Louisiana readers who have worked hard to build wealth, earn a decent living and save for retirement often overlook the importance of planning for long-term financial and legal needs. Estate planning is a critical step for people of all income levels, including those who do not consider themselves wealthy or those who do not own any assets that are exceptionally valuable. One of the main benefits of taking this step is that it allows a person to have control over what happens to his or her property in the future.
Writing an estate plan can be a bit confusing. There are a lot of terms that likely aren't too clear, but having some knowledge about what they mean may make estate planning decisions for Louisiana residents much easier and less time-consuming. For instance, many people might not be aware of what an AB trust is in an estate plan. An A trust is sometimes referred to as a marital trust or a marital deduction trust, while a B trust is sometimes called a bypass, credit shelter or family trust.
Loved ones usually expect to be included in a close family member's will. But in certain situations an inheritance is neither expected, nor wanted. Most Louisiana residents don't realize this during their estate planning, but there are things a beneficiary can do when he or she doesn't want to accept an inheritance -- even a surviving spouse.
Writing an estate plan is necessary, but can also be confusing. It can be doubly so when that estate planning happens after a divorce. But with knowledge comes wisdom and divorced Louisiana residents need to have comprehensive estate plans that speak to many important issues. Residents who already have estate plans, should revise them after a separation or a divorce.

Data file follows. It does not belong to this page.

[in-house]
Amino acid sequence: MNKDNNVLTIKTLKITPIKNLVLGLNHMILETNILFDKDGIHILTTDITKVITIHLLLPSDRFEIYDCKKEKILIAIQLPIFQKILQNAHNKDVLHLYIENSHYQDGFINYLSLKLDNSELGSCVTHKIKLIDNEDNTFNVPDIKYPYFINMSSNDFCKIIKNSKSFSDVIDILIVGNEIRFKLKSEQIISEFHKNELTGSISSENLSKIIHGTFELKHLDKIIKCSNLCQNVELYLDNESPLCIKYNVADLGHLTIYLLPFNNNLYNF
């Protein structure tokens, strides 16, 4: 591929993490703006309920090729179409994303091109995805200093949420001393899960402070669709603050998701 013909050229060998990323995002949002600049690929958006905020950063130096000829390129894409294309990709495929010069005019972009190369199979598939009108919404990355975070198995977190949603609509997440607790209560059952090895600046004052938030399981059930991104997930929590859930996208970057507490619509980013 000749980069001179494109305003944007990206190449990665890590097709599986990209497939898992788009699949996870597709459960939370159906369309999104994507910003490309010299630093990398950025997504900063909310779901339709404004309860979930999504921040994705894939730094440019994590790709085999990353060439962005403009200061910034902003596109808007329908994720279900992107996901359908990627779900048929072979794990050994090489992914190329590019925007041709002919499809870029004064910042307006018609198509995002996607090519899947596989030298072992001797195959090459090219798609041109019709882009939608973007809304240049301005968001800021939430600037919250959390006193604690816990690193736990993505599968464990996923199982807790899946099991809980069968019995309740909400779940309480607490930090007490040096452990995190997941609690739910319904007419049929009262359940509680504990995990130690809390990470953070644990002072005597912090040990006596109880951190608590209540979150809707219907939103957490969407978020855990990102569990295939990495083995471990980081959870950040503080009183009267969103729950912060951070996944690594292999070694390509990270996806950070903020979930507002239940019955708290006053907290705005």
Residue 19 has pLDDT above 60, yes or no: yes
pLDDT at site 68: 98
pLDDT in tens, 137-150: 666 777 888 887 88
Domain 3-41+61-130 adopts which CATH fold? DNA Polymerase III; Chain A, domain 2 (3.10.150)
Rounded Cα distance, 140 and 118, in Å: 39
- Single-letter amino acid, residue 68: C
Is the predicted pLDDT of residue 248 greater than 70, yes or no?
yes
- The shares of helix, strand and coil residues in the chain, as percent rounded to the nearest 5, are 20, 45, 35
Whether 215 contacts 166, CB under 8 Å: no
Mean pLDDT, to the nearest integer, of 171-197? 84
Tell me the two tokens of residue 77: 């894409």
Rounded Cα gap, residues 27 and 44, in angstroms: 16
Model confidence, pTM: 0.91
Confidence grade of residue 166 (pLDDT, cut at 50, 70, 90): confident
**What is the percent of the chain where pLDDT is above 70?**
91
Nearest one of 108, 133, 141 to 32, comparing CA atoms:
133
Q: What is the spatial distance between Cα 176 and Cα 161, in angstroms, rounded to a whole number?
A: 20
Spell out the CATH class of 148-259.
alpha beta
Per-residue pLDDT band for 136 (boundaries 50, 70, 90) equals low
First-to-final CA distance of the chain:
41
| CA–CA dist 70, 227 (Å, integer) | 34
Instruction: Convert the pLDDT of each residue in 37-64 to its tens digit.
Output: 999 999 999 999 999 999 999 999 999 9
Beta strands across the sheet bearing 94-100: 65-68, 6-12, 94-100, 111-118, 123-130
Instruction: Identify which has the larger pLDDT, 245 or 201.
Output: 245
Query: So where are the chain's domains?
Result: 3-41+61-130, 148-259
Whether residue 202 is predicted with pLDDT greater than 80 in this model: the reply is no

Not all people who have estate plans were in the best frame of mind when creating the various documents that go into those plans. In Louisiana for estate planning documents to be legally binding, the person must be of sound mind. In other words, they must have the mental capacity to understand what it is that is being written and what they are signing. People can have off days, it's true, and the matter of capacity is more important for certain documents like wills.
Let's face it, everyone gets older, and sooner or later everyone may need some help managing life. Some may need more help than others and so Medicaid planning is essential in case the future holds taking up residence in a nursing home or a long-term care facility or if help may be needed for aging Louisiana residents to stay in their own homes. In order to be considered for Medicaid, a person has to meet certain criteria.
Entrepreneurs are busy people and usually don't have the time to think about unforeseen events, especially their own deaths or retirements. However, if Louisiana business owners don't do some estate planning regarding how their businesses can outlive them or live without them at the helm, chances are they won't be able to survive for long. Planning for a transition in ownership is crucial if a business is to continue on for many years.
Most people plan their estates to make it easier for their loved ones. Louisiana residents who have been or who are considering an estate planning road map may wish to think twice when naming their beneficiaries. And it's not just wise to name the right people, but it's also important to keep planning documents up to date in order to have a comprehensive plan.
Estate plans are vitally important for every adult. But it is particularly important for women in Louisiana to give the estate planning process some consideration. Many women don't pause to take stock of their financial lives. Many dismiss that part of their lives altogether, or leave it up to a spouse or a partner. Experts say that is a mistake.
There are certain things that may be wise to include in an estate plan. One of those is a revocable trust. Louisiana residents who decide to incorporate a trust into their estate plans likely know that a revocable trust is changeable or can be canceled at any time. The grantor -- or the person who makes the trust -- gives a trustee the right to hold assets such as investments and real estate on behalf of another or others (beneficiary or beneficiaries).